Food

Ribollita

October 25, 2021

I lived in Florence for seven months, and almost all my memories centre around food. The fresh-out-of-the oven brioche that we’d devour on our way home from the nightclubs, the pastas we’d cook in my tiny, attic apartment, the charred zucchini, mushrooms and smoky eggplant at Enrico’s café around the corner from school, the Linguine al Limone at Harry’s Bar. One of my first meals in Florence was a Ribollita served piping hot at a trattoria in the cellar of a palazzo near the Arno. This recipe, with barlotti beans and cavolo nero, whisked me back. It was Winter when I moved there and Ribollita is the perfect Winter meal. Stale bread, beans, greens –– it’s all so hearty and comforting.

oyster

October 20, 2021

I tried my first oyster on a trip to Halifax in the late 90s. Jason and I were on an East Coast road trip and Halifax was our first stop. “He was a bold man that first ate an oyster,” wrote Jonathan Swift. Like most people eating oysters for the first time, I felt self conscious. Oyster etiquette; how do I respond when asked if I like my oysters briny, buttery or sweet? Do I slurp or do I bite? Do I use a fork? We opted for salty, and we slurped. I can’t say that I loved them, or that I’ve ordered oysters much since. But when I do see them on a menu, I think of two wide-eyed twenty-something-year-olds slurping oysters on the water. “So have you heard about the oyster who went to a disco and pulled a mussel?” That’s the brilliant Billy Connolly. And this here is a Fine de Claire oyster, cultured on the French Atlantic coast. It’s beautiful and ugly, all at once.

Po Po Lenta

October 7, 2021

Polenta isn’t everyone’s thing, but I love it; it’s a comforting substitute for rice or potatoes. In the North of Italy, where corn meal is eaten a lot, polenta was known as “poor man’s food” because it was cheap and filling. This recipe here looks delicious. It’s riff on bangers and mash. I rarely cook, but I may just put a pinny on for this.

around and around

October 5, 2021

Helen Fuller’s masterfully textured ceramics.

Elsa Schiaparelli’s 1930s beachwear.

Jen Garrido’s colour rich paintings.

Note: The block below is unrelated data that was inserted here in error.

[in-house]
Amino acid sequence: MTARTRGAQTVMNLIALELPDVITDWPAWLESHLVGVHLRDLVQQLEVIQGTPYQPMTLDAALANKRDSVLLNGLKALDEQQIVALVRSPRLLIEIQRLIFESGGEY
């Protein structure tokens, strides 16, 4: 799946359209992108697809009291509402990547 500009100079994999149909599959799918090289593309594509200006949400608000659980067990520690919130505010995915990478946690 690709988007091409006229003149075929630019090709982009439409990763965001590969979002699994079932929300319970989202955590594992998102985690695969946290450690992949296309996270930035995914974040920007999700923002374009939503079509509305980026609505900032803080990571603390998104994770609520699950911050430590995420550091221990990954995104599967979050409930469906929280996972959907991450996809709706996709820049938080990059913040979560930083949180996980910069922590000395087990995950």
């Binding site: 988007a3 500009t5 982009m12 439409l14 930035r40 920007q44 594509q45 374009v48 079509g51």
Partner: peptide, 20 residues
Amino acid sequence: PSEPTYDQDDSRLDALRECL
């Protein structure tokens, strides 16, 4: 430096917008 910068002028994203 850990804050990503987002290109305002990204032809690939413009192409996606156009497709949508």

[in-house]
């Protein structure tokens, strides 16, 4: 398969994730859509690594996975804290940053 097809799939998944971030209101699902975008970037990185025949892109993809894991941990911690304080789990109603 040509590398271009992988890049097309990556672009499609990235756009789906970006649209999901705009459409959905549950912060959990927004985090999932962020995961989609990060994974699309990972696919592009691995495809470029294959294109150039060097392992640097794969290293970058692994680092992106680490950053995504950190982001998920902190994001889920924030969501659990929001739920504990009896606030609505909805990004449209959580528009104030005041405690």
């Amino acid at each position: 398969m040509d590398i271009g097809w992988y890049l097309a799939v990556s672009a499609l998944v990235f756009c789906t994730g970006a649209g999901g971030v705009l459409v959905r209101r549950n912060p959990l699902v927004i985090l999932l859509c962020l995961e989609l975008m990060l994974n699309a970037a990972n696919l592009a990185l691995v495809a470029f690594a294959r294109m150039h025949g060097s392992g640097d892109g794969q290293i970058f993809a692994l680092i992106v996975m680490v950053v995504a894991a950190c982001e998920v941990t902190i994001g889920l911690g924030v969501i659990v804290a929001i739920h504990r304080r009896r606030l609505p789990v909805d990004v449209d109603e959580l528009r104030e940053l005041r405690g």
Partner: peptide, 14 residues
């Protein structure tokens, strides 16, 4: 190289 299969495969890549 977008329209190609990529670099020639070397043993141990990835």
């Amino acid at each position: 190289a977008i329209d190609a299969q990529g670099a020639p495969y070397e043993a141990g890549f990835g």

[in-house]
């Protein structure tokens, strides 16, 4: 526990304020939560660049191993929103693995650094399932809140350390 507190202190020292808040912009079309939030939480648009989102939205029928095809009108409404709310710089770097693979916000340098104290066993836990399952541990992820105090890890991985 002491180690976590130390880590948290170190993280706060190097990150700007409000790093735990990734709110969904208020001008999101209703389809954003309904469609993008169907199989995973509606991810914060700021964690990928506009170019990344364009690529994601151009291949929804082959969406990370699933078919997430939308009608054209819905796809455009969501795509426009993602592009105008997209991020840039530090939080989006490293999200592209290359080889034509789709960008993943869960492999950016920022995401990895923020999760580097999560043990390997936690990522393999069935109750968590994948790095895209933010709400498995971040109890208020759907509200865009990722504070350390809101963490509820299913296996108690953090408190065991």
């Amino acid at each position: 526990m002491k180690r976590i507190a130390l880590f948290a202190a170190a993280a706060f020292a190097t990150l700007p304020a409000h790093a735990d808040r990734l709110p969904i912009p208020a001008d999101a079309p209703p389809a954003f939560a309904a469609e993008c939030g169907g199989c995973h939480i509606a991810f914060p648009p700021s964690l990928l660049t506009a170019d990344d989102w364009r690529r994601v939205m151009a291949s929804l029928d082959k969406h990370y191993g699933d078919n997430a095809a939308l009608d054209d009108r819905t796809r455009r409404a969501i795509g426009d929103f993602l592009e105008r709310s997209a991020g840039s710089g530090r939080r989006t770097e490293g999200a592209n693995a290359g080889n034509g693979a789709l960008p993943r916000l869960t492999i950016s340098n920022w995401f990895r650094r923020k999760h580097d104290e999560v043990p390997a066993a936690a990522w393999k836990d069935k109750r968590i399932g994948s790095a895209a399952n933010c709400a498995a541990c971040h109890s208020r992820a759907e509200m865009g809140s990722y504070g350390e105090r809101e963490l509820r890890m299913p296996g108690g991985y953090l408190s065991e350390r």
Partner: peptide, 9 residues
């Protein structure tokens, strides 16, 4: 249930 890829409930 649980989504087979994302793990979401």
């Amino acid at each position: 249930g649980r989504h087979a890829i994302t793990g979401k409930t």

Easy peach cobbler.

Frill and flounce over at Sea New York.

Dresses fashioned from vintage Danish fabric.

around and around

September 21, 2021

Aubergines on pedestals; Lynn Karlin elevates the lowly vegetable to high art.

The joyous colour of Ana Prata.

Maren Kloppmann‘s porcelain wall sculptures.

Fall Suppers; oven baked lentil soup with greens.

Tessa Traeger’s beautiful photographs of eggs.

18th century Dutch Delft tiles.

around and around

September 14, 2021

Rococo textiles by William Killburn.

Joanne Burke’s wearable sculptures.

A spiral concrete staircase in São Paulo.

Scandinavian inspired textiles from Eloise Renouf.

A pink house on the island of Naxos.

Triple chocolate Madeleines.

Eamon Mac Mahon’s stunning aerial photographs. “I’m drawn to that feeling you have, especially in an old-growth forest, that the world takes care of itself, that nature left alone has systems that keep each other in balance.”

shutter speed

September 9, 2021

London-based photographer, Tasos Gaitanos‘ portfolio consists of intense black and white portraits, colourful fine art, and photos of fish, radishes and obscure insects all shot with immense attention to detail. It’s the amusing and surreal Toast Henge series that I am most drawn to. The sense of humour here is in wonderful contrast to his grimey sinks and smoking kills manifesto. Have a look; this mushroom is kind of spectacular.

tomato

August 26, 2021

A Horiatiki without tomatoes is like a Caldo Verde without potatoes. Tomato, tomato, potato, potato –– you may as well call the whole thing off. Tomatoes are the star ingredient in this classic Greek Salad. And with ones as juicy and sweet as those that grow all over Greece, why would anyone substitute them for a lowly pepper? Unless you’re me. I’ve hated tomatoes for as long as I can remember. As a child, I ate my own version of the salad –– peeled cucumbers, Kalamata olives, red onion, oregano, salt, pepper and olive olive oil –– while everyone else’s plates overflowed with plump tomatoes. On days when we’d eat Gemista, there was always a single green pepper stuffed with rice for me, and a platter of stuffed tomatoes for everyone else at the table. To this day, I won’t go near a raw tomato for love or money. I picture summer dinners of beautiful, glossy tomatoes from the garden bathed in olive oil and basil I want to be sick. It’s such a bore, my scorn for tomatoes. All you tomato lovers will salivate over this exquisite ode to the noble fruit. It’s not for me, but it’s just too beautiful not to share.

around and around

August 24, 2021

Sofas the colour of Dijon mustard.

The intensely colourful paintings of Grace Hartigan.

Linda Lomelino’s sweet food and florals.

Sunbathing in Southend on Sea, Essex.

Jacques Henri Lartigue’s images of aviators, racing cars and life in motion.

strawberries and cream

August 20, 2021

“Poundcake is a beautiful vessel for ripe summer fruits,” begins this post for fancy strawberry shortcake. Pound cakes date back to the 1700s and were originally made with four pounds of ingredients. There are endless varieties. I personally love a lemon loaf, but this simple strawberry number looks utterly delicious. The more strawberries the better, And don’t hold back on ice cream.

All rights reserved © La Parachute · Theme by Blogmilk + Coded by Brandi Bernoskie